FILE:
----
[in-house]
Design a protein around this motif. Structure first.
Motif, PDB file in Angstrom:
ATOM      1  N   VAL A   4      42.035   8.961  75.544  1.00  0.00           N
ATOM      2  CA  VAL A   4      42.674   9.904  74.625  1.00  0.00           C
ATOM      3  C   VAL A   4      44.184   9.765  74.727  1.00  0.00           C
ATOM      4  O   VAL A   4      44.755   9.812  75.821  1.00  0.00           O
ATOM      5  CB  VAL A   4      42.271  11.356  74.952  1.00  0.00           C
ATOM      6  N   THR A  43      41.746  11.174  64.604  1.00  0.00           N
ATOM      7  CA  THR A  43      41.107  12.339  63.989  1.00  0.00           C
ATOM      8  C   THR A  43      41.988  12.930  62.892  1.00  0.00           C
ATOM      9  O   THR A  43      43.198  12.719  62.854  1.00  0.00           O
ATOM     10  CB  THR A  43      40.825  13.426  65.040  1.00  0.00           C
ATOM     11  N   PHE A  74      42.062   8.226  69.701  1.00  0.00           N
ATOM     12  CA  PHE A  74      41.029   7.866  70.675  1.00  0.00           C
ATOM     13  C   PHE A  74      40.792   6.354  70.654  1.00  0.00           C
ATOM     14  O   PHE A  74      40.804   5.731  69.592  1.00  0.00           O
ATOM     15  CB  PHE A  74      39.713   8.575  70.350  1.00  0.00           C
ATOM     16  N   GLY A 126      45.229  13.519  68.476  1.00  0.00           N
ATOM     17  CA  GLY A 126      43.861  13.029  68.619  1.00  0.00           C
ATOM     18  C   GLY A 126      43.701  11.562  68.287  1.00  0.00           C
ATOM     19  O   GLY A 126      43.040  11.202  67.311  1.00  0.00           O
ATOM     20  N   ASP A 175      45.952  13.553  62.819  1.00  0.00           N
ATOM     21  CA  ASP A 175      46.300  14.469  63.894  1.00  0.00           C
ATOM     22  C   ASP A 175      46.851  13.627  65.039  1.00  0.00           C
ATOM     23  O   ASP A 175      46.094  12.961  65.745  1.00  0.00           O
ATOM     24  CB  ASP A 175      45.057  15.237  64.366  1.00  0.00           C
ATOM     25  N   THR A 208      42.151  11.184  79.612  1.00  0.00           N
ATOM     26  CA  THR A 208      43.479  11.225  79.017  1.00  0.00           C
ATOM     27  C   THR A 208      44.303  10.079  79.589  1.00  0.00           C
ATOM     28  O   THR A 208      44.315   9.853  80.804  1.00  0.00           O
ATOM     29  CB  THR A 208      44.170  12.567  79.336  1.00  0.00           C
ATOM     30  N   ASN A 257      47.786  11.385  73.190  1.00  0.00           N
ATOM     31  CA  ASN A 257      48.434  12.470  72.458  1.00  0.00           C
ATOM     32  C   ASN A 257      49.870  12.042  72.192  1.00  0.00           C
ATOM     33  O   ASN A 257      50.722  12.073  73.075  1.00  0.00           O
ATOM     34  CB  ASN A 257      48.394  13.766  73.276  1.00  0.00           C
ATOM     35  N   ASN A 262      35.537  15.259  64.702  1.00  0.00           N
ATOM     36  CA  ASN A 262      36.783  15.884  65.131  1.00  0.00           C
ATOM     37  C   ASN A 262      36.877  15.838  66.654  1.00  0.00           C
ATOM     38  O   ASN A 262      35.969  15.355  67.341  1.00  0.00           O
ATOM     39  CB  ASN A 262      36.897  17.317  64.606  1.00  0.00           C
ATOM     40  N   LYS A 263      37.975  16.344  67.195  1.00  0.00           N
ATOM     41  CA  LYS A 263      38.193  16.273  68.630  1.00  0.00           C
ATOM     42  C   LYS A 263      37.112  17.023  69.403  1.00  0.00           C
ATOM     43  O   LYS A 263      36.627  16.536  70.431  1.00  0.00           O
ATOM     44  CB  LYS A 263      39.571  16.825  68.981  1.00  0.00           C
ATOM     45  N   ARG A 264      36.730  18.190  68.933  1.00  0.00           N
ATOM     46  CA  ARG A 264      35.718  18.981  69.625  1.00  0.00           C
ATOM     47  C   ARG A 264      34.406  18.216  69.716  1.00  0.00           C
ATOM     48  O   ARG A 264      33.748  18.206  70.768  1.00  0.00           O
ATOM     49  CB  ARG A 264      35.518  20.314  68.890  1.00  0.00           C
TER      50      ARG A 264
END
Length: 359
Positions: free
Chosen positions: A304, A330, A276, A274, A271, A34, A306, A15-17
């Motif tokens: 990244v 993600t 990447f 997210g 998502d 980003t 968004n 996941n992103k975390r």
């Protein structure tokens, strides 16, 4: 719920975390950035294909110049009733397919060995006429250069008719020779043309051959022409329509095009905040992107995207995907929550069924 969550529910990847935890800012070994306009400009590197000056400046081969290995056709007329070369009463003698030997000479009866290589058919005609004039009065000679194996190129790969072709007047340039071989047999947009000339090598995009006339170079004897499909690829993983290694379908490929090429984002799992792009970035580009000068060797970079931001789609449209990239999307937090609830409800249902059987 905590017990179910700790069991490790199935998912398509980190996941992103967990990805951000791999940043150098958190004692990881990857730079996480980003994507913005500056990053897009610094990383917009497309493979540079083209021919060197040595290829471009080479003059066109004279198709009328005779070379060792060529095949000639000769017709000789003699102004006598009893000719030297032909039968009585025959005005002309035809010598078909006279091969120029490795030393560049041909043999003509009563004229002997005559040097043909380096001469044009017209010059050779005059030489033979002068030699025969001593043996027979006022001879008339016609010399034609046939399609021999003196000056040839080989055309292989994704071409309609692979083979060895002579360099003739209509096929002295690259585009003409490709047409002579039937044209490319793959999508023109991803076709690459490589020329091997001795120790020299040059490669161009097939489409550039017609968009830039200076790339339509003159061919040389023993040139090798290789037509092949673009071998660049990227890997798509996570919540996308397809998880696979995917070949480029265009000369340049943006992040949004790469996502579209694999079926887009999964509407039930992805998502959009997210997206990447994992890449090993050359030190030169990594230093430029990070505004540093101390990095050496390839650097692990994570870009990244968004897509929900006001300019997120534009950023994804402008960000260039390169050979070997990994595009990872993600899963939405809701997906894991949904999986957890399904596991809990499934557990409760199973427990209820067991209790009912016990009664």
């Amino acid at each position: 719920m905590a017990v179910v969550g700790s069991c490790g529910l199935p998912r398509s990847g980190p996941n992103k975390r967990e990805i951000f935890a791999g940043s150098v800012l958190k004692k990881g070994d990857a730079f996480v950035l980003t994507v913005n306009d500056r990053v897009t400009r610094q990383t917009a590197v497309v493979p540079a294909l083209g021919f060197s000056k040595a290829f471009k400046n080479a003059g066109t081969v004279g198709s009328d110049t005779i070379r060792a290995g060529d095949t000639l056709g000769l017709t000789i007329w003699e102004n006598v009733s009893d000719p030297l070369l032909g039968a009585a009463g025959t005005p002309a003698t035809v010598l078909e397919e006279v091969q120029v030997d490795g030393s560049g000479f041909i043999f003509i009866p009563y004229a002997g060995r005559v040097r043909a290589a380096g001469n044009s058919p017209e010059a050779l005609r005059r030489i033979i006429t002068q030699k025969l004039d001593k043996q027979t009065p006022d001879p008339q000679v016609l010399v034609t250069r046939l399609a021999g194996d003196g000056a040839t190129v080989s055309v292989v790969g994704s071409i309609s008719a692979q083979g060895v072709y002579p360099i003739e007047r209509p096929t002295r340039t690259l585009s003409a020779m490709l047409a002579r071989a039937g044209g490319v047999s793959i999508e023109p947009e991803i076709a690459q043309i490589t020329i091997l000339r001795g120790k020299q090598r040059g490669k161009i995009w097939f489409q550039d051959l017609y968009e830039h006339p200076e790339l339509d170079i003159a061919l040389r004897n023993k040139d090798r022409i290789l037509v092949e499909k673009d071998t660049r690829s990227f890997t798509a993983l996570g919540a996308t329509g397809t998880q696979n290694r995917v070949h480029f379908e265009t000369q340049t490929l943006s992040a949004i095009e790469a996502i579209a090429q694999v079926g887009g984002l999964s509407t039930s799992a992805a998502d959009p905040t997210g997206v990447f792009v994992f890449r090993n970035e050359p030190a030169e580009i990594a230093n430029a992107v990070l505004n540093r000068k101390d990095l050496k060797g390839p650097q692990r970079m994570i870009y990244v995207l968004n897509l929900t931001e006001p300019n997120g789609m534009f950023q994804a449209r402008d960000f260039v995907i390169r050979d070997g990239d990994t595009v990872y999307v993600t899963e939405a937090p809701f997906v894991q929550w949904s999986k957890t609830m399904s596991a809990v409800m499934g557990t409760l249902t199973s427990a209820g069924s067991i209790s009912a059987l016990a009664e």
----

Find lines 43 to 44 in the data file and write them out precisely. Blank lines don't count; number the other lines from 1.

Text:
ATOM     40  N   LYS A 263      37.975  16.344  67.195  1.00  0.00           N
ATOM     41  CA  LYS A 263      38.193  16.273  68.630  1.00  0.00           C